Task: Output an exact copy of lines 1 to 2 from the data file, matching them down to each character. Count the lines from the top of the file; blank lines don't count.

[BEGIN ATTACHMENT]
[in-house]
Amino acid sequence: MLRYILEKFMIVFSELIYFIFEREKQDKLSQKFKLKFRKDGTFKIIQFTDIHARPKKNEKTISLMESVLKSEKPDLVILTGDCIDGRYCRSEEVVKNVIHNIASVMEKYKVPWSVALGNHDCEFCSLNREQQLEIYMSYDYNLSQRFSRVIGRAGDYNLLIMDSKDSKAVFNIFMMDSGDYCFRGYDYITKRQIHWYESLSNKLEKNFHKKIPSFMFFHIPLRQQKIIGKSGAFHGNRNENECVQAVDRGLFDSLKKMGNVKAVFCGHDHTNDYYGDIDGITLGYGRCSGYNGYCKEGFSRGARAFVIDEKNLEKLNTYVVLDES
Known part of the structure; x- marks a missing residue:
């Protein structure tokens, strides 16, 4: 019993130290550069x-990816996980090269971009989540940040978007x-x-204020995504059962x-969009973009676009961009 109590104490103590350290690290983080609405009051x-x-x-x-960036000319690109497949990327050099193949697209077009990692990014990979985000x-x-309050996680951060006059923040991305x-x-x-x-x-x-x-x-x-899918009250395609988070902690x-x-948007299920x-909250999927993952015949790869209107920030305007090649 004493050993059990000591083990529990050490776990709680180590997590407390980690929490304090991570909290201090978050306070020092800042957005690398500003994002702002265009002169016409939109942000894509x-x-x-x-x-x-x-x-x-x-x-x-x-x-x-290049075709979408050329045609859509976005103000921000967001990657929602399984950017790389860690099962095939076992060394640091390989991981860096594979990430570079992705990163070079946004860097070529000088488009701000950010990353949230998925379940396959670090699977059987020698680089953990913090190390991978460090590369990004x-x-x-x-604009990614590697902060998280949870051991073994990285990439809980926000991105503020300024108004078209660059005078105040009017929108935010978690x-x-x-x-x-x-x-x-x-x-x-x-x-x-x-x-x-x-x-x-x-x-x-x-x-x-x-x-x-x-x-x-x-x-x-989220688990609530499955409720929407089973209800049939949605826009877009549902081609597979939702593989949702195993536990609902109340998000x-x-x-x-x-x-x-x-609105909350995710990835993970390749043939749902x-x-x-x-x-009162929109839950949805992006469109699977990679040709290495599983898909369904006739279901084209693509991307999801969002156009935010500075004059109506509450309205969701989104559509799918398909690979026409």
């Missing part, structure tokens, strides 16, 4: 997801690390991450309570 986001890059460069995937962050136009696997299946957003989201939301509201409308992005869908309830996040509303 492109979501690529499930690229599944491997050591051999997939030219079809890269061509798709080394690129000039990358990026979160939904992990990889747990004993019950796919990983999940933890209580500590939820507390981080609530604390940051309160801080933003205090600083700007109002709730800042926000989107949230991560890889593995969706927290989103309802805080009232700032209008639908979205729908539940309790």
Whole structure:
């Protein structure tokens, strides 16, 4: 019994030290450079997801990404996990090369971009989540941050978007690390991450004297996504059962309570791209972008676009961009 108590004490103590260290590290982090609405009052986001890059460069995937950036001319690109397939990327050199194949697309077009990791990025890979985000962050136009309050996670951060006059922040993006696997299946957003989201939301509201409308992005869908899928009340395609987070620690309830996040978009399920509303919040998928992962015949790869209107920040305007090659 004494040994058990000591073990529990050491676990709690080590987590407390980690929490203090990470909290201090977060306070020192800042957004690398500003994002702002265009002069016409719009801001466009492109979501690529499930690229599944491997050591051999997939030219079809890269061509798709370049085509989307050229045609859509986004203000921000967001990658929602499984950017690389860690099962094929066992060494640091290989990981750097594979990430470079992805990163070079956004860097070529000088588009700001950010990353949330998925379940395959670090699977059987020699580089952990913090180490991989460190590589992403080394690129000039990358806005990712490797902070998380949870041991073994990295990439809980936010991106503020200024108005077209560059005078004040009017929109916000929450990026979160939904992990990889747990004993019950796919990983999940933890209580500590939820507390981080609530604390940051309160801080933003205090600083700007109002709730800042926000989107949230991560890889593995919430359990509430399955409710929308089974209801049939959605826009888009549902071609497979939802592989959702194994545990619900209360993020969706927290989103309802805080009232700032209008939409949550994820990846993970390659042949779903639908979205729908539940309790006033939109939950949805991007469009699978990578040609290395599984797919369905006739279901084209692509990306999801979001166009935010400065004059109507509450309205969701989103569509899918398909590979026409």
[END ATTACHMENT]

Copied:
[in-house]
Amino acid sequence: MLRYILEKFMIVFSELIYFIFEREKQDKLSQKFKLKFRKDGTFKIIQFTDIHARPKKNEKTISLMESVLKSEKPDLVILTGDCIDGRYCRSEEVVKNVIHNIASVMEKYKVPWSVALGNHDCEFCSLNREQQLEIYMSYDYNLSQRFSRVIGRAGDYNLLIMDSKDSKAVFNIFMMDSGDYCFRGYDYITKRQIHWYESLSNKLEKNFHKKIPSFMFFHIPLRQQKIIGKSGAFHGNRNENECVQAVDRGLFDSLKKMGNVKAVFCGHDHTNDYYGDIDGITLGYGRCSGYNGYCKEGFSRGARAFVIDEKNLEKLNTYVVLDES